What's scarier: Halloween or the Browns' season?
The recent Browns meltdown against the Patriots – a mistake-prone atrocity which none of us thought was even possible given the "advantage" of the bye week, making the results even more mind-numbing – left me searching for something good to ponder in the aftermath. Obviously, the level of play was so poor that it took me quite a while to find something to grab onto, but eventually it did bring a smile to my face – and a big smile, at that.
My daughter Leah was married 9 years ago this past August, and as her way of saying thanks to me for participating in her wedding (I should state for the record that it wasn't like my wife and I were going to pull a "no-show" or anything) Leah got tickets for her and I to attend the Browns versus Patriots match-up on Nov. 7 that same year.
The Browns, under second-year head coach Eric Mangini, had been horrible from the start in 2009, going 1-11 before winning their last 4 games, to finish 5-11. 2010 didn't begin particularly well either, as the Browns played tough, but were still 1-5 heading into consecutive games with the previous year's Super Bowl participants, New Orleans and – guess who – New England.
The Browns shocked the entire football world by smoking the Saints in New Orleans, 30-17, so no one (at least no one who was sober) thought the Browns could repeat their success of the previous week against another premium opponent on consecutive weeks. I mean, this was the Browns, for Pete's sake.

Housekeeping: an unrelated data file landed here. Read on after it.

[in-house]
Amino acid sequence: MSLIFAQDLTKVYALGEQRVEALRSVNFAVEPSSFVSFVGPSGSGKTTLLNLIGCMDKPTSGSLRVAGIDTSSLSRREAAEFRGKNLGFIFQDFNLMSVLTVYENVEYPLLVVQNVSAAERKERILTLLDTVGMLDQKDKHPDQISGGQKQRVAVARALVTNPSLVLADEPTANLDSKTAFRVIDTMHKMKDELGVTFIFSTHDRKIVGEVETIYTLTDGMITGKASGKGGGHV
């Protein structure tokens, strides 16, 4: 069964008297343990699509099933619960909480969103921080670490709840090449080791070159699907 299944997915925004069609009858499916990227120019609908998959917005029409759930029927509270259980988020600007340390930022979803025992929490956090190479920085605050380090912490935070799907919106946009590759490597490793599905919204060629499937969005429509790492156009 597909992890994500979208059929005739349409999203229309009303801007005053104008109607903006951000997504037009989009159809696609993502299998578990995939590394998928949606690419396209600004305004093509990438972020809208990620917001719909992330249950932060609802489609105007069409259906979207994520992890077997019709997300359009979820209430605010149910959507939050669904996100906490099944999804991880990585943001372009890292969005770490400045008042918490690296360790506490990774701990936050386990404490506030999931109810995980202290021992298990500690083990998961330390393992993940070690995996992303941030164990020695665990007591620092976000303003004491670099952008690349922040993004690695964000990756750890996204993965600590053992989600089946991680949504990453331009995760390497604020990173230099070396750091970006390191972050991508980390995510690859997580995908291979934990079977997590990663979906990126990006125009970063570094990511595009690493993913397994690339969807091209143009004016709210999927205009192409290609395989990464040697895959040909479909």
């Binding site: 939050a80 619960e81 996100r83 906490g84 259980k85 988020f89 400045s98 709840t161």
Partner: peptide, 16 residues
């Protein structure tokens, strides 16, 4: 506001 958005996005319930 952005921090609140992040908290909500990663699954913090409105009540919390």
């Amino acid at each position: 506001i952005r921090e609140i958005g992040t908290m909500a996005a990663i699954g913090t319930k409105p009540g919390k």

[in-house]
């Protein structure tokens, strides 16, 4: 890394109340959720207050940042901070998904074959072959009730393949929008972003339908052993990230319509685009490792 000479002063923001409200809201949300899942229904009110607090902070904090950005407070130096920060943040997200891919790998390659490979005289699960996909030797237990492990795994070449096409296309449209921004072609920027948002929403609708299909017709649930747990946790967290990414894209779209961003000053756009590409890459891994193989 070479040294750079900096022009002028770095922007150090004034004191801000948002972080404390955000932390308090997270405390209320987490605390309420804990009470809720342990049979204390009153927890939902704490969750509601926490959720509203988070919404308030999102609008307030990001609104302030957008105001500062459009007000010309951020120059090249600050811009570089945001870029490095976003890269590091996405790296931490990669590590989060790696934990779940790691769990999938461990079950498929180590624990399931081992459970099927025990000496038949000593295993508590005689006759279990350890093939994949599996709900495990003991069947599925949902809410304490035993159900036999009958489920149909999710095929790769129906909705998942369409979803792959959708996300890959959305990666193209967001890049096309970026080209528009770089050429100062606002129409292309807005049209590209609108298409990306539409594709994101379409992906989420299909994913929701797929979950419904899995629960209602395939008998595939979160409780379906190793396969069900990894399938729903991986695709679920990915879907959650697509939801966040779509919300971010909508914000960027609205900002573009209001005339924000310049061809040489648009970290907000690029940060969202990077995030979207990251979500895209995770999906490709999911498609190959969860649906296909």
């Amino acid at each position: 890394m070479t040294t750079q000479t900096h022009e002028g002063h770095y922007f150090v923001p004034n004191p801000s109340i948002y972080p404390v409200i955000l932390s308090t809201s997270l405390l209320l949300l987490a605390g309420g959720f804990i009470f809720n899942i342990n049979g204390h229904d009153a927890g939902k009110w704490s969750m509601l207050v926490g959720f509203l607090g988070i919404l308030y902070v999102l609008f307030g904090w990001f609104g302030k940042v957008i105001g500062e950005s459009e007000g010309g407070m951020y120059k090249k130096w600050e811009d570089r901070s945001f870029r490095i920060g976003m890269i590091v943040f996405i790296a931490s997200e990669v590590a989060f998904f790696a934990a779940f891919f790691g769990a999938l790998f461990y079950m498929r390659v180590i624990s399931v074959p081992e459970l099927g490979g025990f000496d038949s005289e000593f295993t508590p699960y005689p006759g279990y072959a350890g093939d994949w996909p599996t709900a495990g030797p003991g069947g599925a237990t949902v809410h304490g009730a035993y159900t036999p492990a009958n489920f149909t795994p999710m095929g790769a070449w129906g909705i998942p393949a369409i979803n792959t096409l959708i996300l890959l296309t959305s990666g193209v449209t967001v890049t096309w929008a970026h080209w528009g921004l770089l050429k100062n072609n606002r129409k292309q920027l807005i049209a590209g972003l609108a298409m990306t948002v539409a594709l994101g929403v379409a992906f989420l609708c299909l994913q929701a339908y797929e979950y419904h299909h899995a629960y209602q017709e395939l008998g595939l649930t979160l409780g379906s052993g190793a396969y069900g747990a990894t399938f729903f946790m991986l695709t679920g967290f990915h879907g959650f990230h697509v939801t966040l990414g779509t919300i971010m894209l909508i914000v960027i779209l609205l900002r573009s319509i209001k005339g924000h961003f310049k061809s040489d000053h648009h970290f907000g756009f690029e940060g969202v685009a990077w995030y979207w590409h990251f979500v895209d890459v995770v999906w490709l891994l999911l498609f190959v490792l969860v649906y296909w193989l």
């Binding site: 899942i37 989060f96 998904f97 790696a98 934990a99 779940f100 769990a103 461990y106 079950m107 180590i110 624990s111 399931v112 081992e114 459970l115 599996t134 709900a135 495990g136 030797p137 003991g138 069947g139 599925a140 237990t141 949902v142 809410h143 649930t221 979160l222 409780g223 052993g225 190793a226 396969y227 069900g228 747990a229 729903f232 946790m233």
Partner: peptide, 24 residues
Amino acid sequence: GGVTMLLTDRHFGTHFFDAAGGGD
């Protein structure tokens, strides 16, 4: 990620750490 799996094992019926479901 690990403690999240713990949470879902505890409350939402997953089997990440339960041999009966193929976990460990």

Well, Leah had gotten us great seats, the weather was excellent for an early November day (around 60 degrees if memory serves) and I'd never had the pleasure of Leah's company at a Browns game before, so we were both pretty excited going in. But with a team that was only 2-5 and had presumably used all of their ammo the previous week against the Saints, we never expected to witness what we did.
What we did see was a well-oiled machine rip its opponent to shreds. Browns QB Colt McCoy played the best game of his otherwise obscure career as starting quarterback of the Browns, completing 14-of-19 passes for 174 perhaps modest, but efficient, yards. The hero was running back Peyton Hillis, who also had his best game as a Brown, gaining 184 yards on 29 carries. The defense came to play, too, holding the powerful Patriots to 14 points while the Browns rolled up 34. It was virtually mistake-free and turnover-free from the Browns' side of the ball, proving that it is possible in Cleveland – for at least one game. Leah and I spent most of the game high-fiving other fans there; we really had a great time. I even remember telling another fan, "We finally found a quarterback," perhaps somewhat prematurely.
While the loss dropped the Patriots to 6-2, they (of course) rebounded and went on to another highly successful season. The Browns improved their record to 3-5, but alas, they reverted to the "same old Browns," going 2-6 after that and making Eric Mangini another trivia question on the Browns' long list of failed head coaches. That's the thing about Cleveland football "greatness" over the last generation or so ... if you blink, you'll probably miss it.
But for one day – one glorious day in the sun – my daughter and I witnessed football greatness, Cleveland style.
Lifelong Westlake resident who dabbles in writing whenever the real world permits. My forte is humor and horror...What a combo!